Extrajudicial executions

The report reveals how Myanmar’s military arbitrarily detained citizens based on their ethnicity, or because they were suspected of supporting the anti-government movement. Prisoners were often tortured, ‘disappeared’ or executed out of court.

Three farmers from the village of San Pya 6 Mile in Kayah State disappeared on January 6, 2022. Their bodies were found in decay in a puddle latrine about two weeks later.

The brother of one of the victims told how he identified the men through their clothes and their teeth. When he tried to get the bodies along with others, they were shot at by soldiers. They could not return to bury the men until a month later.

On December 24, 2021, a massacre took place that triggered rare international outrage. Soldiers stopped at least 35 women, men and children in various vehicles in the village of Mo So in Kayah state before killing and burning their bodies. Doctors examining the bodies said many of the victims were tied up, gagged and had wounds indicating they had been shot or stabbed.

Amnesty International reiterates that this incident should be investigated as a case of extrajudicial killings. Such executions in armed conflict are war crimes.

Witnesses have also described Myanmar’s military shooting at civilians, including those attempting to flee across a river along the Thai border.

Looting and burning

As before, villages were systematically looted and burned in military operations. This also happened in the eastern states of Kayin and Kayah. Witnesses from six villages said items such as jewelry, money, vehicles and animals were stolen before houses and other buildings were set on fire.

Four men fleeing the village of Wari Suplai said they saw houses burning up from a meadow after most of the villagers fled on February 18, 2022. They told Amnesty International that the fires lasted for days and destroyed more than two thirds of the houses ..

“It’s not a house anymore. It’s just ash – black and charcoal … It was all my savings. It was destroyed in minutes,” said a 38-year-old father of two young children.

Amnesty International analyzed data on fires and satellite images. It shows that villages in Kayah were burned down, some several times. The fires show military operations from village to village in February and March 2022.

A deserter from the Army’s 66th Light Infantry Division, who was involved in operations in the state of Kayah until October 2021, told Amnesty International that he saw soldiers looting and burning houses:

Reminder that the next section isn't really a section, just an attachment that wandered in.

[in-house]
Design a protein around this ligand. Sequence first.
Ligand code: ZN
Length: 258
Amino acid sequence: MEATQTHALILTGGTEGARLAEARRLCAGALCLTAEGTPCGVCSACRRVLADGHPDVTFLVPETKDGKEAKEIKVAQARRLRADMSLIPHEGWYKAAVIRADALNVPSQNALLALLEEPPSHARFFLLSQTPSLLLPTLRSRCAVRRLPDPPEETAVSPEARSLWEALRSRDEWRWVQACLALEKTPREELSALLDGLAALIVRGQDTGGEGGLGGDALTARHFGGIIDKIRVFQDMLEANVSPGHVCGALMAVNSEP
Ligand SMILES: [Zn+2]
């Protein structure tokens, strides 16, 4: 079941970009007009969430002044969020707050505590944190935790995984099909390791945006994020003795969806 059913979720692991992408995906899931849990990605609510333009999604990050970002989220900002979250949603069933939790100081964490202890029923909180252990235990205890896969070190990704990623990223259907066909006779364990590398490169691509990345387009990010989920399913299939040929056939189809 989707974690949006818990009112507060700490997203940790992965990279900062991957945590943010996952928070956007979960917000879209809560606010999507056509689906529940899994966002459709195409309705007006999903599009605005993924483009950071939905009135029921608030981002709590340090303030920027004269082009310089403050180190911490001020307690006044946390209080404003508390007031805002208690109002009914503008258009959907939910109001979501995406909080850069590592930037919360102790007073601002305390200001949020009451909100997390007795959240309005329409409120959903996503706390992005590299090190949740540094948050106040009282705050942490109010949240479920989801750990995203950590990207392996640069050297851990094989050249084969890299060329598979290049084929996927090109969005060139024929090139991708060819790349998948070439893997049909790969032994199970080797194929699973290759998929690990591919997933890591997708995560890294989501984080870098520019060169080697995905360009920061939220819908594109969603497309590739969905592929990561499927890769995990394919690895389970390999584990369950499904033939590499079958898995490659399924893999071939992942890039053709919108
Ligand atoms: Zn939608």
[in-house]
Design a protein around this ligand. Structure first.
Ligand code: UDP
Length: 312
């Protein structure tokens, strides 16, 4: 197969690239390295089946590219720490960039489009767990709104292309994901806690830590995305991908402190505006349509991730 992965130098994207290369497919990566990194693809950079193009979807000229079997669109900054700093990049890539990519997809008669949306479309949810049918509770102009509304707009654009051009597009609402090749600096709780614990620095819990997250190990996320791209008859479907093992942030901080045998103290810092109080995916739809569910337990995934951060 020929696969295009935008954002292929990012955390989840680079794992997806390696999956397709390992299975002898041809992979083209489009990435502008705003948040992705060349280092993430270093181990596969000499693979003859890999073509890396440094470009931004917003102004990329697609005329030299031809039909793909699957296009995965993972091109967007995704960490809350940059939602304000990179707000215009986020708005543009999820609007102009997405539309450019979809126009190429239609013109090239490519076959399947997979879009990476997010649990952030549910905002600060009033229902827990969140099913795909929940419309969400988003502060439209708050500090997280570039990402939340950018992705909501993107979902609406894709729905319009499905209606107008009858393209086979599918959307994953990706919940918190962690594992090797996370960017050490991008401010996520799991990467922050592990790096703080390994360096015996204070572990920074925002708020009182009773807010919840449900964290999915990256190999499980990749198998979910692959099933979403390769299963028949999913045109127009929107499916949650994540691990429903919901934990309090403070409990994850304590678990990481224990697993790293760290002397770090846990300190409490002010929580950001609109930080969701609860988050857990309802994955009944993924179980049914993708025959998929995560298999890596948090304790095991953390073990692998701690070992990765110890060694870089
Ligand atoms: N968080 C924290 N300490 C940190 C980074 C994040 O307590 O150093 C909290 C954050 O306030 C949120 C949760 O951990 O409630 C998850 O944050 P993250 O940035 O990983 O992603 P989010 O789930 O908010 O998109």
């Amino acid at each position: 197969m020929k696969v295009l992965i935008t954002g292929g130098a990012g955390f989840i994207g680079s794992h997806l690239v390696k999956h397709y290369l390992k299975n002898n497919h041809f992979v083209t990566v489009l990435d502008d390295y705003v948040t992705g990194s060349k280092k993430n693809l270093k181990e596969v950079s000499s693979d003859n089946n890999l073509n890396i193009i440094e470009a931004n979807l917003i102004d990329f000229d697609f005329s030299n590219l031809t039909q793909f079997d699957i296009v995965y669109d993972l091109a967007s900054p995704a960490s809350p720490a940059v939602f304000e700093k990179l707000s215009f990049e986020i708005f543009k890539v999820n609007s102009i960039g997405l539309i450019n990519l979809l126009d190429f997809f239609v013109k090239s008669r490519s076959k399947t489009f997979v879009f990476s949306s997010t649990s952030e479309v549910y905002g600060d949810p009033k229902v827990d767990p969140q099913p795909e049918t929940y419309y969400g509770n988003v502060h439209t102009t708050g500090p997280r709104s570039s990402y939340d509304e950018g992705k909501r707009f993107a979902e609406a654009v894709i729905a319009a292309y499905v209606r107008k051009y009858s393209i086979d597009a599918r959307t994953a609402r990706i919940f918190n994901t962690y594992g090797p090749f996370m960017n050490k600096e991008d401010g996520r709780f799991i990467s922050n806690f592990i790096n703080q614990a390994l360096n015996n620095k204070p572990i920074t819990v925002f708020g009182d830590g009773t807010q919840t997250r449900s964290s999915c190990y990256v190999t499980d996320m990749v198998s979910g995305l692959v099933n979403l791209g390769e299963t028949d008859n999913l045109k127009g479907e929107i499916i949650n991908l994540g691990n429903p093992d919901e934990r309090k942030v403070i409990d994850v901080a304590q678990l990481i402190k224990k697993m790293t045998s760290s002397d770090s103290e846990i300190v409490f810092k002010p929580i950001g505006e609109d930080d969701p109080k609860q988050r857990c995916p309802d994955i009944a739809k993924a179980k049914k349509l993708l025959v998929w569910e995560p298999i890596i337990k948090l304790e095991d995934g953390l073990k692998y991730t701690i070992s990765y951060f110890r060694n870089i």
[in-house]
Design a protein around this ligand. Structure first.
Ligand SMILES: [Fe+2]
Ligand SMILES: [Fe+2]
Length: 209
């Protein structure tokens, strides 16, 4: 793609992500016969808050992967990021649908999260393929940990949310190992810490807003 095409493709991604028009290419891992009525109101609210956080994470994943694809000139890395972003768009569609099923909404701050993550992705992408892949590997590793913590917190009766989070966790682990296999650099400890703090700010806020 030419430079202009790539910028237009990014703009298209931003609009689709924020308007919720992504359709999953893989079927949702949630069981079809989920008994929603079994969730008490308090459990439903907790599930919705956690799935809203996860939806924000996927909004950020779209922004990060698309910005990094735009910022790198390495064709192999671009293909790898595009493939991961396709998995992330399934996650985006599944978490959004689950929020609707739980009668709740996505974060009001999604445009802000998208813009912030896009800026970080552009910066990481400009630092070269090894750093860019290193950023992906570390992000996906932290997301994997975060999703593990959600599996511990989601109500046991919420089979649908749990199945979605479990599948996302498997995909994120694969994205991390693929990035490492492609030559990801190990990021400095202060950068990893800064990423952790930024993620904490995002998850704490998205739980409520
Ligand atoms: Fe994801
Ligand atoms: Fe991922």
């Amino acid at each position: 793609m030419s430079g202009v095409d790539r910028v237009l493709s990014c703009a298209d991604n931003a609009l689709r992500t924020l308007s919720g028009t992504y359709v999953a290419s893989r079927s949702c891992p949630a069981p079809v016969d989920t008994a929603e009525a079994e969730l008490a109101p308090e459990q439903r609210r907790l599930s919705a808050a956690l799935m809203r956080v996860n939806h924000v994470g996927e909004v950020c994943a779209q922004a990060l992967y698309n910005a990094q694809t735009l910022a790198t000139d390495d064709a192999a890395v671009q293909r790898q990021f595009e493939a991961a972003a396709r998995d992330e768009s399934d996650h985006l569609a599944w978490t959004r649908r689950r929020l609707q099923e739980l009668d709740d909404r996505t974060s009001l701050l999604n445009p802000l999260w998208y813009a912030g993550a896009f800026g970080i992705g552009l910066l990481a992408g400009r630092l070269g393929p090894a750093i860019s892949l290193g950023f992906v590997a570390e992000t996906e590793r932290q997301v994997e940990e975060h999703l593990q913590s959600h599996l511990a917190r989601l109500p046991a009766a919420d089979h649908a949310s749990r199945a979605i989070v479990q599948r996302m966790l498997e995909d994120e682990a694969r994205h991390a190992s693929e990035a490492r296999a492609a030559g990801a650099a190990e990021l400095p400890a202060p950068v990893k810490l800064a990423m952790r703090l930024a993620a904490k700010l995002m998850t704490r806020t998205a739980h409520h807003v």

‘They have no specific reason [om een bepaald huis plat te branden]† They just want to scare the citizens with that “this is what we do when you [de verzetsstrijders] supports. “In addition, they will stop the supply and logistics to the local resistance fighters … [Soldaten] took everything they could [uit een dorp] and burned the rest. ‘

On the run

More than 150,000 people were displaced by the violence. Among them, one-third to one-half of the entire population of Kayah State. In some cases, entire villages have been evacuated, and in some cases, civilians have had to flee several times.

Displaced people live in appalling conditions, with little food and poor health care – including the enormous psychosocial impact of the conflict – and the military continues to block the flow of humanitarian aid. Aid workers say malnutrition is on the rise and it is becoming increasingly difficult to reach displaced people due to persistent violence and military restrictions.

Amnesty’s call

Donors and humanitarian organizations must significantly increase their assistance to civilians in eastern Myanmar, and the military must lift all restrictions on assistance.

The ongoing crimes against humanity in eastern Myanmar follow a pattern of beatings and deep impunity that has lasted for decades. The international community – including ASEAN and the UN – must address this crisis now. The UN Security Council must impose a comprehensive arms embargo on Myanmar and refer the situation to the International Criminal Court.

Background

The report is based on research conducted between March and April 2022. Amnesty investigators also spent two weeks in the Thailand-Myanmar border region. They interviewed 99 people, many of them witnesses and survivors of attacks and three deserters from Myanmar’s army.

In addition, the researchers analyzed more than a hundred images and videos of human rights violations showing damage, destruction and use of weapons. They also studied satellite imagery, fire data and open source flight data from military aircraft.